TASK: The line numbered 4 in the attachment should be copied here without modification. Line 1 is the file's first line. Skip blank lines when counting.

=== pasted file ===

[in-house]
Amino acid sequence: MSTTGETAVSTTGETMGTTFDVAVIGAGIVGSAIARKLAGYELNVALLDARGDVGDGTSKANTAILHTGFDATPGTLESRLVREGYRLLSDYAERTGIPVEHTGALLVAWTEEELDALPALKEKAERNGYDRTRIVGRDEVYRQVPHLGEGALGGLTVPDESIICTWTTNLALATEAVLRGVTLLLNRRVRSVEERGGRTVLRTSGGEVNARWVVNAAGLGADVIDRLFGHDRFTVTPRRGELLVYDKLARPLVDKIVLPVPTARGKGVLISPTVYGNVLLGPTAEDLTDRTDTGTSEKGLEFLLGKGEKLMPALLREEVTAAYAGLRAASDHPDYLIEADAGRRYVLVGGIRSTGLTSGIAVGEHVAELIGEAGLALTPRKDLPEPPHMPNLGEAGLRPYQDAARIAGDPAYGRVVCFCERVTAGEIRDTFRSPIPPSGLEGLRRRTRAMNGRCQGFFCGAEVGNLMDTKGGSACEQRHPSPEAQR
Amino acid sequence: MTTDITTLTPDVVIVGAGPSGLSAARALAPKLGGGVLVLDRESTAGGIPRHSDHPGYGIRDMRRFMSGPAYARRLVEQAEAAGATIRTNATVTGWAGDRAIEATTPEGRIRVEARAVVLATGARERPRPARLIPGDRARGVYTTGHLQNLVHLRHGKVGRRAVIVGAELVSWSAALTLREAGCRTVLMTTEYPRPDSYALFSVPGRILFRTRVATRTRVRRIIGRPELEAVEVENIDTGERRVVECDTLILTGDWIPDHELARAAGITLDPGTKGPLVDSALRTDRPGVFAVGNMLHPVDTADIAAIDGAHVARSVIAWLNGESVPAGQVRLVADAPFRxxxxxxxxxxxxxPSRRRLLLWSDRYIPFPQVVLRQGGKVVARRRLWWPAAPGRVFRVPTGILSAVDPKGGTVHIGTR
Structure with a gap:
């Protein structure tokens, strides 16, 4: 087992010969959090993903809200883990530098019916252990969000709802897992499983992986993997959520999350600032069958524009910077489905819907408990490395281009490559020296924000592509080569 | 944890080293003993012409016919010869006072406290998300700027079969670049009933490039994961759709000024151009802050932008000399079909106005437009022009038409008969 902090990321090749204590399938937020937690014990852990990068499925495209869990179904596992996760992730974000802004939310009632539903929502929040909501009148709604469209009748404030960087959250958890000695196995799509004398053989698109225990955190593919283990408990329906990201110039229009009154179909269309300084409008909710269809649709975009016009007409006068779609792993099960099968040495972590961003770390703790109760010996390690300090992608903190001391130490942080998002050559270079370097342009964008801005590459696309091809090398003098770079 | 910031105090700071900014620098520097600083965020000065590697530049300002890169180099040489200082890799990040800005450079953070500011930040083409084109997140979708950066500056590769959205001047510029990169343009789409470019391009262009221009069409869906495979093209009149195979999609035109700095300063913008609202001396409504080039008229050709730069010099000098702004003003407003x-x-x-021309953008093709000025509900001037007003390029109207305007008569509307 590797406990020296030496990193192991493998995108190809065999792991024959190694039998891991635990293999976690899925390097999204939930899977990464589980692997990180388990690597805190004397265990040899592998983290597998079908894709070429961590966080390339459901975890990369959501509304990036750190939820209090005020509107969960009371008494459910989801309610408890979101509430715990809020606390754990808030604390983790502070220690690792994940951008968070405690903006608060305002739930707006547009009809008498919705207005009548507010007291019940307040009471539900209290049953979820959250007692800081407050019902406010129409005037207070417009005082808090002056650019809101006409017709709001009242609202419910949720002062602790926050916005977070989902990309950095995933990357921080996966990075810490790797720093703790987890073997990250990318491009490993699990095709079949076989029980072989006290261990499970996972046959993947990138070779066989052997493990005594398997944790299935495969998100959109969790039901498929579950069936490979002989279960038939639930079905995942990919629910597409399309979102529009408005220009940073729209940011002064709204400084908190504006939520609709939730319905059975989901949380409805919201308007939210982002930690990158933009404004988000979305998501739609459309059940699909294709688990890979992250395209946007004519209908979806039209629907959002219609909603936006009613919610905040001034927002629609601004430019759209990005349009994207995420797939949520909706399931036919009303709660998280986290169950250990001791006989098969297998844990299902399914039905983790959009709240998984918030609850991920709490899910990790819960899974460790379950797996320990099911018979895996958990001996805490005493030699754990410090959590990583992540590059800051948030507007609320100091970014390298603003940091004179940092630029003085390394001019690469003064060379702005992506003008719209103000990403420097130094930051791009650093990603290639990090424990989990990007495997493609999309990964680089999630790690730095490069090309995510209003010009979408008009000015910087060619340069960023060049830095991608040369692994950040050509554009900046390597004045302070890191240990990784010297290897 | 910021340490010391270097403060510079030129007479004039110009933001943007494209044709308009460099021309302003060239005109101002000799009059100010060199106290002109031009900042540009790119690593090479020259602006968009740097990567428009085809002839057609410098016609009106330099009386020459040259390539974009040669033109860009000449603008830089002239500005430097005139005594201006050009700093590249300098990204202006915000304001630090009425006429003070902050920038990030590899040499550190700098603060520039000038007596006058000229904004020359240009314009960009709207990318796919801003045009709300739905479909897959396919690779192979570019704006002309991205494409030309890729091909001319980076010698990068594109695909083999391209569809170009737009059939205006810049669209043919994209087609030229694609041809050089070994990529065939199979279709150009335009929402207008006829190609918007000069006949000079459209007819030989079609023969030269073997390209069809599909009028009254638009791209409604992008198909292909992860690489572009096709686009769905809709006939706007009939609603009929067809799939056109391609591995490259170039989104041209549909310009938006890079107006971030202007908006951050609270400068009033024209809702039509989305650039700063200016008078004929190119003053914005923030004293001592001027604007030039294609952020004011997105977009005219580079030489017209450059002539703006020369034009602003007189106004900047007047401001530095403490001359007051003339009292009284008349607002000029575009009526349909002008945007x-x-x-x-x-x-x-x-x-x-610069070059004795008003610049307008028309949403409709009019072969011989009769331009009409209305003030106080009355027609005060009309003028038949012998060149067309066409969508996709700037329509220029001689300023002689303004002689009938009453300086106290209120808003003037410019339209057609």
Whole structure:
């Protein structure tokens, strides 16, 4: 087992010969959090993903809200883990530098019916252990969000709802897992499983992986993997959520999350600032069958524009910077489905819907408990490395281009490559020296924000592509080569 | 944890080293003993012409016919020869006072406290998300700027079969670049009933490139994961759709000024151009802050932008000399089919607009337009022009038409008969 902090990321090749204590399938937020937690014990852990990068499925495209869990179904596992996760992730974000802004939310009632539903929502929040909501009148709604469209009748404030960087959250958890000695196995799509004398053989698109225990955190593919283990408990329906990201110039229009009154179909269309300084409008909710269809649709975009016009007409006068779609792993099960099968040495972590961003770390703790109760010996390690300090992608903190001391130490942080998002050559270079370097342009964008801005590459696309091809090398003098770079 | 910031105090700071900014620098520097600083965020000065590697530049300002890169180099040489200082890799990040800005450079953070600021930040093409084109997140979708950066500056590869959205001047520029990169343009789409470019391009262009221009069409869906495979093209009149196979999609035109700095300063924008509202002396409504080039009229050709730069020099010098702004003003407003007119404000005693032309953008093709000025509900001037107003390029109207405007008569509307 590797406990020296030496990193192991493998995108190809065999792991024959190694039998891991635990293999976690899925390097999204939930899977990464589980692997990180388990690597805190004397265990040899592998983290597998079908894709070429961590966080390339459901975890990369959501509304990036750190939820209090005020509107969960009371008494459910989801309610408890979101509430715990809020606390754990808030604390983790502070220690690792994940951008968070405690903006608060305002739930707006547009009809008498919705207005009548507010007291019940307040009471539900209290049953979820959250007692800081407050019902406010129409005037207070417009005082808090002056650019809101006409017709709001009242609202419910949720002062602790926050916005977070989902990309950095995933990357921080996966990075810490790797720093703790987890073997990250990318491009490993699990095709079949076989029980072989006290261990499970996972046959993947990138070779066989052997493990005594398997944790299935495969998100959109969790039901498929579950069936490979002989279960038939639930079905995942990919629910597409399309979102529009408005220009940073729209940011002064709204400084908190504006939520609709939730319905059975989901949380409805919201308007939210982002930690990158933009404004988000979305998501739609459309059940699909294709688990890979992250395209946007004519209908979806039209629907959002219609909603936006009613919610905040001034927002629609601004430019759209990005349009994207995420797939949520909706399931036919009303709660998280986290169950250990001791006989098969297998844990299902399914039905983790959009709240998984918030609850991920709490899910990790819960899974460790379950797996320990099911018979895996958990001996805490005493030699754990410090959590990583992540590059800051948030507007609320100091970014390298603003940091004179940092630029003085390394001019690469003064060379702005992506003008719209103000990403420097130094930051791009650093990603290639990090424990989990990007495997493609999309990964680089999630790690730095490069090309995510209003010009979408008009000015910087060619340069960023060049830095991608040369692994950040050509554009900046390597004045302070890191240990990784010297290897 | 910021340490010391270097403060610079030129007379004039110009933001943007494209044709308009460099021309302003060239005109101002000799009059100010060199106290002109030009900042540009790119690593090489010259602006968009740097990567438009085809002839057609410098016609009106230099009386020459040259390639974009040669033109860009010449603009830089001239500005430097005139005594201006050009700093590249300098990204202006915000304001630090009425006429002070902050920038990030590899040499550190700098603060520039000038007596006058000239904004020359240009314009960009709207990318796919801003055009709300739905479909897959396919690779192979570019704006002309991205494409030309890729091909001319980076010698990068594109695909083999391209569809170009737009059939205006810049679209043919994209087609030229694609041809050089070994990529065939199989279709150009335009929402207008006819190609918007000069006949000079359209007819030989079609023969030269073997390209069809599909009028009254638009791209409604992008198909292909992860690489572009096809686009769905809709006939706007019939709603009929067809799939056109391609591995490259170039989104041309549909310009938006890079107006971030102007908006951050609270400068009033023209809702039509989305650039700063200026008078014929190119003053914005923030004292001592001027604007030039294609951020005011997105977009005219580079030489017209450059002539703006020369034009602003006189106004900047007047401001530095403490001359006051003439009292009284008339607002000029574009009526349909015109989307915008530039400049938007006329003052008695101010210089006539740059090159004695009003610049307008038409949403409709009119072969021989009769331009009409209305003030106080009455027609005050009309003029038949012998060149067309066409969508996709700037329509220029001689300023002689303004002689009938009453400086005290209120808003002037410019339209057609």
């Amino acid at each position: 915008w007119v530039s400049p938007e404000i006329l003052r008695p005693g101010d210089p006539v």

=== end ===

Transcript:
Structure with a gap: